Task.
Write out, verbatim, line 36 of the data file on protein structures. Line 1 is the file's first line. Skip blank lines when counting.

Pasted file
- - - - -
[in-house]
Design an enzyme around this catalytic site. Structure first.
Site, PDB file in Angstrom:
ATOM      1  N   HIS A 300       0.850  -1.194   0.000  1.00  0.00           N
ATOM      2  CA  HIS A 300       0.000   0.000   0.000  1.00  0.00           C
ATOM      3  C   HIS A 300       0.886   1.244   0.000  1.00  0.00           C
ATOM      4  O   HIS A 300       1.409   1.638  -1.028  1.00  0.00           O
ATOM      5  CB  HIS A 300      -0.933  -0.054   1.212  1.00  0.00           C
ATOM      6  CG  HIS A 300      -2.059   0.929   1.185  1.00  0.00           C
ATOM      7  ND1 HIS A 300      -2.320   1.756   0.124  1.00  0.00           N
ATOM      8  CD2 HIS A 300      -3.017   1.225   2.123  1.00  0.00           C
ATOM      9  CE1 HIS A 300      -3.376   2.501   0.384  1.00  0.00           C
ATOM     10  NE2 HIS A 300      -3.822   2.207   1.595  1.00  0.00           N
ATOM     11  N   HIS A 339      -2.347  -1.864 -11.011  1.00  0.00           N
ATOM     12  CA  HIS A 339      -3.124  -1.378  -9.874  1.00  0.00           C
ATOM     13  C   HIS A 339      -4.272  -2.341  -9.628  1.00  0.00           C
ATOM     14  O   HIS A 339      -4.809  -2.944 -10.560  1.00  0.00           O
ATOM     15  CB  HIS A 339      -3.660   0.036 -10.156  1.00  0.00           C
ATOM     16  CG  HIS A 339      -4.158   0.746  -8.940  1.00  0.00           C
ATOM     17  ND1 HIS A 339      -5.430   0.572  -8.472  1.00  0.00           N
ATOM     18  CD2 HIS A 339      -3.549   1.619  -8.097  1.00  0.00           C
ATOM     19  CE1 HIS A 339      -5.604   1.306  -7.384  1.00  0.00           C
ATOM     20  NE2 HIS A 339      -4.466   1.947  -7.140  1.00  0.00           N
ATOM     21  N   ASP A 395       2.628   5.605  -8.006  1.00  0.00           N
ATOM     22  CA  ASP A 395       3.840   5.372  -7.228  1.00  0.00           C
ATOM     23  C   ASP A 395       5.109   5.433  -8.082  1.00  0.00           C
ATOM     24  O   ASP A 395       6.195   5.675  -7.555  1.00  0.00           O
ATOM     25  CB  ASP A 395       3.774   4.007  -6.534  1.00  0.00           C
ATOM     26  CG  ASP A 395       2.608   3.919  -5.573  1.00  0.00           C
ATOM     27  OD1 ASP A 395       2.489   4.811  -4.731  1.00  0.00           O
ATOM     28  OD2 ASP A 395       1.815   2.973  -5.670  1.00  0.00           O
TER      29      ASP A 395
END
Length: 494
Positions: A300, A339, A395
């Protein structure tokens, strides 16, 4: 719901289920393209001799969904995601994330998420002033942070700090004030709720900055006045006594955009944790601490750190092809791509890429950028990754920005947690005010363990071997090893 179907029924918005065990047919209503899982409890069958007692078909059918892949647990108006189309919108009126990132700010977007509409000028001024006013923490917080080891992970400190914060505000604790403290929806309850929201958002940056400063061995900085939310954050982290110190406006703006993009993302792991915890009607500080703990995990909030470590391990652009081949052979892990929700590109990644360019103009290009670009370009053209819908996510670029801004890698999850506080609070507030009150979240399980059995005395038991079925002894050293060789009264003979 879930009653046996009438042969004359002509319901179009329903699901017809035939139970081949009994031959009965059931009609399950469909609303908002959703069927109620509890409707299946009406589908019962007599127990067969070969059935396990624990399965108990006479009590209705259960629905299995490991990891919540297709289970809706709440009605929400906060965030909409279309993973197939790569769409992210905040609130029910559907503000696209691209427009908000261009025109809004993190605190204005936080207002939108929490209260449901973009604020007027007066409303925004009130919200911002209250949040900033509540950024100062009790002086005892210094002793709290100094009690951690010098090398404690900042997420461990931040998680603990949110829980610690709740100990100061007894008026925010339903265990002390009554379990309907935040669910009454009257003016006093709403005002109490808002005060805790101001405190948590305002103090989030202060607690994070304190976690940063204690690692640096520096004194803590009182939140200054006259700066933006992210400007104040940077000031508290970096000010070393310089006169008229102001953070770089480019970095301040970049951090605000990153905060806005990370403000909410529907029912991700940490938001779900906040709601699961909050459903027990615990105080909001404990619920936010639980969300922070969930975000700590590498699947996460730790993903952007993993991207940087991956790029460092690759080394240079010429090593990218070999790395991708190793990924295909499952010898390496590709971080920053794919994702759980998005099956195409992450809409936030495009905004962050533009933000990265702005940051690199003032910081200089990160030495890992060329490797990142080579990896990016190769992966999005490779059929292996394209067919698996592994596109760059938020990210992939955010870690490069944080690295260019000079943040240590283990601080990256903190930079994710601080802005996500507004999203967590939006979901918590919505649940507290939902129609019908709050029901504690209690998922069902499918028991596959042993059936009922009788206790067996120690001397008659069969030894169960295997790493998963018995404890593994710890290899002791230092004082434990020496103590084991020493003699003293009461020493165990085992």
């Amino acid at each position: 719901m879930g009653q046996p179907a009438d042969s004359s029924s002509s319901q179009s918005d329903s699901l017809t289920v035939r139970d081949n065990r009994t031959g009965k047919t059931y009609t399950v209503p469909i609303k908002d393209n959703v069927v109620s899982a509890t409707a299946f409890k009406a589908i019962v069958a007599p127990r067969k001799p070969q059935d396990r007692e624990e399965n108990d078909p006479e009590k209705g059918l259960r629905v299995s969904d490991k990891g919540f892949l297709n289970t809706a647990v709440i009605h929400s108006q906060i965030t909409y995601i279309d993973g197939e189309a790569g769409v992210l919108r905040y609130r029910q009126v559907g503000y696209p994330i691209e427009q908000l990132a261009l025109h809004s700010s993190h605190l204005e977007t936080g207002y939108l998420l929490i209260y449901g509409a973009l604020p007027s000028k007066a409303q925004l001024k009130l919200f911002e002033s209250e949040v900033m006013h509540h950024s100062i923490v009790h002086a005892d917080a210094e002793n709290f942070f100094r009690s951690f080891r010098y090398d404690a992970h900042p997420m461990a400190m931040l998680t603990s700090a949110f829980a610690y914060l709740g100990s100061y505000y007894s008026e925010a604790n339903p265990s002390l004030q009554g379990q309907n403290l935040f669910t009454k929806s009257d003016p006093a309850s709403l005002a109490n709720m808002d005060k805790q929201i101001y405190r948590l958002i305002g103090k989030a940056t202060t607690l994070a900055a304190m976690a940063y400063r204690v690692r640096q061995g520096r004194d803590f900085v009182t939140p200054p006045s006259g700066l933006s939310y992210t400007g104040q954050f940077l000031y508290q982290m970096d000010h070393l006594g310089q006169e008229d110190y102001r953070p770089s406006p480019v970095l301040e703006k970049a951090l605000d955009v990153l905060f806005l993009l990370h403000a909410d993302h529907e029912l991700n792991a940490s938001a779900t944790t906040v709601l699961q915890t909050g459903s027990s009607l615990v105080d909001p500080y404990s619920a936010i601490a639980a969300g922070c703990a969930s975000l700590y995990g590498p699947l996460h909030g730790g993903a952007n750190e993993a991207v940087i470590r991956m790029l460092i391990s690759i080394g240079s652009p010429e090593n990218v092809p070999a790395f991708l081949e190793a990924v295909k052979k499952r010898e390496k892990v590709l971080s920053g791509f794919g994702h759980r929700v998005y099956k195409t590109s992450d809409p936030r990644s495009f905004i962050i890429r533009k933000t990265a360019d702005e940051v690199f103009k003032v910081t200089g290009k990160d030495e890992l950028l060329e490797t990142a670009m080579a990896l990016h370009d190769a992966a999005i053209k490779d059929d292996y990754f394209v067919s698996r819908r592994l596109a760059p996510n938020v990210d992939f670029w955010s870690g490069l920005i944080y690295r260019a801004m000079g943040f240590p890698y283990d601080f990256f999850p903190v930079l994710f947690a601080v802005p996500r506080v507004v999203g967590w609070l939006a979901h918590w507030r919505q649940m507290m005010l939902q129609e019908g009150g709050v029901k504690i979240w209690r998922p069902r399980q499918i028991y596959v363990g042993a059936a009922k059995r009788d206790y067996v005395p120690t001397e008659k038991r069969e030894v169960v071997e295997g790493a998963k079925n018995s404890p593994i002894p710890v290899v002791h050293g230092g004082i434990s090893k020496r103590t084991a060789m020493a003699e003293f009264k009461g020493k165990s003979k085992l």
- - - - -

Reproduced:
């Protein structure tokens, strides 16, 4: 719901289920393209001799969904995601994330998420002033942070700090004030709720900055006045006594955009944790601490750190092809791509890429950028990754920005947690005010363990071997090893 179907029924918005065990047919209503899982409890069958007692078909059918892949647990108006189309919108009126990132700010977007509409000028001024006013923490917080080891992970400190914060505000604790403290929806309850929201958002940056400063061995900085939310954050982290110190406006703006993009993302792991915890009607500080703990995990909030470590391990652009081949052979892990929700590109990644360019103009290009670009370009053209819908996510670029801004890698999850506080609070507030009150979240399980059995005395038991079925002894050293060789009264003979 879930009653046996009438042969004359002509319901179009329903699901017809035939139970081949009994031959009965059931009609399950469909609303908002959703069927109620509890409707299946009406589908019962007599127990067969070969059935396990624990399965108990006479009590209705259960629905299995490991990891919540297709289970809706709440009605929400906060965030909409279309993973197939790569769409992210905040609130029910559907503000696209691209427009908000261009025109809004993190605190204005936080207002939108929490209260449901973009604020007027007066409303925004009130919200911002209250949040900033509540950024100062009790002086005892210094002793709290100094009690951690010098090398404690900042997420461990931040998680603990949110829980610690709740100990100061007894008026925010339903265990002390009554379990309907935040669910009454009257003016006093709403005002109490808002005060805790101001405190948590305002103090989030202060607690994070304190976690940063204690690692640096520096004194803590009182939140200054006259700066933006992210400007104040940077000031508290970096000010070393310089006169008229102001953070770089480019970095301040970049951090605000990153905060806005990370403000909410529907029912991700940490938001779900906040709601699961909050459903027990615990105080909001404990619920936010639980969300922070969930975000700590590498699947996460730790993903952007993993991207940087991956790029460092690759080394240079010429090593990218070999790395991708190793990924295909499952010898390496590709971080920053794919994702759980998005099956195409992450809409936030495009905004962050533009933000990265702005940051690199003032910081200089990160030495890992060329490797990142080579990896990016190769992966999005490779059929292996394209067919698996592994596109760059938020990210992939955010870690490069944080690295260019000079943040240590283990601080990256903190930079994710601080802005996500507004999203967590939006979901918590919505649940507290939902129609019908709050029901504690209690998922069902499918028991596959042993059936009922009788206790067996120690001397008659069969030894169960295997790493998963018995404890593994710890290899002791230092004082434990020496103590084991020493003699003293009461020493165990085992």